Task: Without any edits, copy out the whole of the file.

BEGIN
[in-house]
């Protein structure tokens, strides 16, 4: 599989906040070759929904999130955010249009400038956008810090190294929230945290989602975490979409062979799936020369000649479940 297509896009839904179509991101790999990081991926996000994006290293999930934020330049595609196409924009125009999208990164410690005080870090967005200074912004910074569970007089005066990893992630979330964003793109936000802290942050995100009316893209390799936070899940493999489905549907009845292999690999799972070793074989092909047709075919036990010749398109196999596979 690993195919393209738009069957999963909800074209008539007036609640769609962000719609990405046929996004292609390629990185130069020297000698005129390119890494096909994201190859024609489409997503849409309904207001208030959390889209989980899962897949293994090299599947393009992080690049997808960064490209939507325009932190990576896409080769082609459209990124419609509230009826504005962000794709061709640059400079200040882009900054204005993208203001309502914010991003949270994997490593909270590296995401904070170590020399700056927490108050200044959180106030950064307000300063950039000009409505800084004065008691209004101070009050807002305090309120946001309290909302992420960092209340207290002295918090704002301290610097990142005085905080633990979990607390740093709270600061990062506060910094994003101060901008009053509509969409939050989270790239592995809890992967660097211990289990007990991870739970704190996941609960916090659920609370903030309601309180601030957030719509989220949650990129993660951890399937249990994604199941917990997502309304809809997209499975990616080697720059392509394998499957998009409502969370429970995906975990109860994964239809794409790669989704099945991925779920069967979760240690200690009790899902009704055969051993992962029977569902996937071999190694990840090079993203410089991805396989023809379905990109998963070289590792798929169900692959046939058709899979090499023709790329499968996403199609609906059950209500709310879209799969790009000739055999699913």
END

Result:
[in-house]
């Protein structure tokens, strides 16, 4: 599989906040070759929904999130955010249009400038956008810090190294929230945290989602975490979409062979799936020369000649479940 297509896009839904179509991101790999990081991926996000994006290293999930934020330049595609196409924009125009999208990164410690005080870090967005200074912004910074569970007089005066990893992630979330964003793109936000802290942050995100009316893209390799936070899940493999489905549907009845292999690999799972070793074989092909047709075919036990010749398109196999596979 690993195919393209738009069957999963909800074209008539007036609640769609962000719609990405046929996004292609390629990185130069020297000698005129390119890494096909994201190859024609489409997503849409309904207001208030959390889209989980899962897949293994090299599947393009992080690049997808960064490209939507325009932190990576896409080769082609459209990124419609509230009826504005962000794709061709640059400079200040882009900054204005993208203001309502914010991003949270994997490593909270590296995401904070170590020399700056927490108050200044959180106030950064307000300063950039000009409505800084004065008691209004101070009050807002305090309120946001309290909302992420960092209340207290002295918090704002301290610097990142005085905080633990979990607390740093709270600061990062506060910094994003101060901008009053509509969409939050989270790239592995809890992967660097211990289990007990991870739970704190996941609960916090659920609370903030309601309180601030957030719509989220949650990129993660951890399937249990994604199941917990997502309304809809997209499975990616080697720059392509394998499957998009409502969370429970995906975990109860994964239809794409790669989704099945991925779920069967979760240690200690009790899902009704055969051993992962029977569902996937071999190694990840090079993203410089991805396989023809379905990109998963070289590792798929169900692959046939058709899979090499023709790329499968996403199609609906059950209500709310879209799969790009000739055999699913």